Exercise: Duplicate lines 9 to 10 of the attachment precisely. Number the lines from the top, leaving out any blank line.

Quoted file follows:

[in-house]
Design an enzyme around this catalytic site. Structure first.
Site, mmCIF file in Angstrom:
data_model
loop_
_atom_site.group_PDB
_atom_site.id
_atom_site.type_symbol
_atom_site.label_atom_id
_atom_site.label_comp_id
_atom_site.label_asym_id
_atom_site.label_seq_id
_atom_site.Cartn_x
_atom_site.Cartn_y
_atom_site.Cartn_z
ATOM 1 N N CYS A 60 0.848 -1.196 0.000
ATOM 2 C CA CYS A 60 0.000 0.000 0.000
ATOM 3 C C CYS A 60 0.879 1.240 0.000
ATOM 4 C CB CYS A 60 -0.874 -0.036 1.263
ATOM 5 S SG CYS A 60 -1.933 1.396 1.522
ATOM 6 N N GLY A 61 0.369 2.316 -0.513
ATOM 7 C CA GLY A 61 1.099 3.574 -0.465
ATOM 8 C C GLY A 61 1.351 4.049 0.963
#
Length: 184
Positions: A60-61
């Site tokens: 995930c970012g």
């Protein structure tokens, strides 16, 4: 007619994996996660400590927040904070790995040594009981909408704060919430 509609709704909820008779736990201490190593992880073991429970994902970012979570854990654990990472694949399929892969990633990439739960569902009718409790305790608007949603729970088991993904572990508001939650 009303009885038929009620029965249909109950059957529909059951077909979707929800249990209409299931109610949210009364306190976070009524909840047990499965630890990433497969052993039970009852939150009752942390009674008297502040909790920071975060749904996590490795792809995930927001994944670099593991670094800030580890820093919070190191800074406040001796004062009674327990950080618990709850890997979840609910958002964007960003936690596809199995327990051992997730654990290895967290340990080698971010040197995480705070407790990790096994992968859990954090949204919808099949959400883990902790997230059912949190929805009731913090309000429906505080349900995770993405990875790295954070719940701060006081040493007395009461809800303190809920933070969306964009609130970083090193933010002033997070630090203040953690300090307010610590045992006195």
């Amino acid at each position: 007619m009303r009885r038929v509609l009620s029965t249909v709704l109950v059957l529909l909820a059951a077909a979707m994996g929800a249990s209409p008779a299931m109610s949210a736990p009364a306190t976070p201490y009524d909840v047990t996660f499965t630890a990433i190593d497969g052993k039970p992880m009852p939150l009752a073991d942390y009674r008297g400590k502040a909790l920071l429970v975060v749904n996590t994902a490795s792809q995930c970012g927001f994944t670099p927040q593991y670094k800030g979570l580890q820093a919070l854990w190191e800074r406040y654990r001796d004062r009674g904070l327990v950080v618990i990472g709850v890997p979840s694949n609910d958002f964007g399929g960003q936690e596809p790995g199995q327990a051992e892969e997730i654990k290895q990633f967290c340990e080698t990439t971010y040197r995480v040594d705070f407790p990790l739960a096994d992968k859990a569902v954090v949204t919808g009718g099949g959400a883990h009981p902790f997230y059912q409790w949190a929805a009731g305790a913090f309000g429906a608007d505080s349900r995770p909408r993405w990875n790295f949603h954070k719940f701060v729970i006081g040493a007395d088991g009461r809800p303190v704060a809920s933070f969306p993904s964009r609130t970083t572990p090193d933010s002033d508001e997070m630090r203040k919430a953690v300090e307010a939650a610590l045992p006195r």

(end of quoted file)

_atom_site.label_atom_id
_atom_site.label_comp_id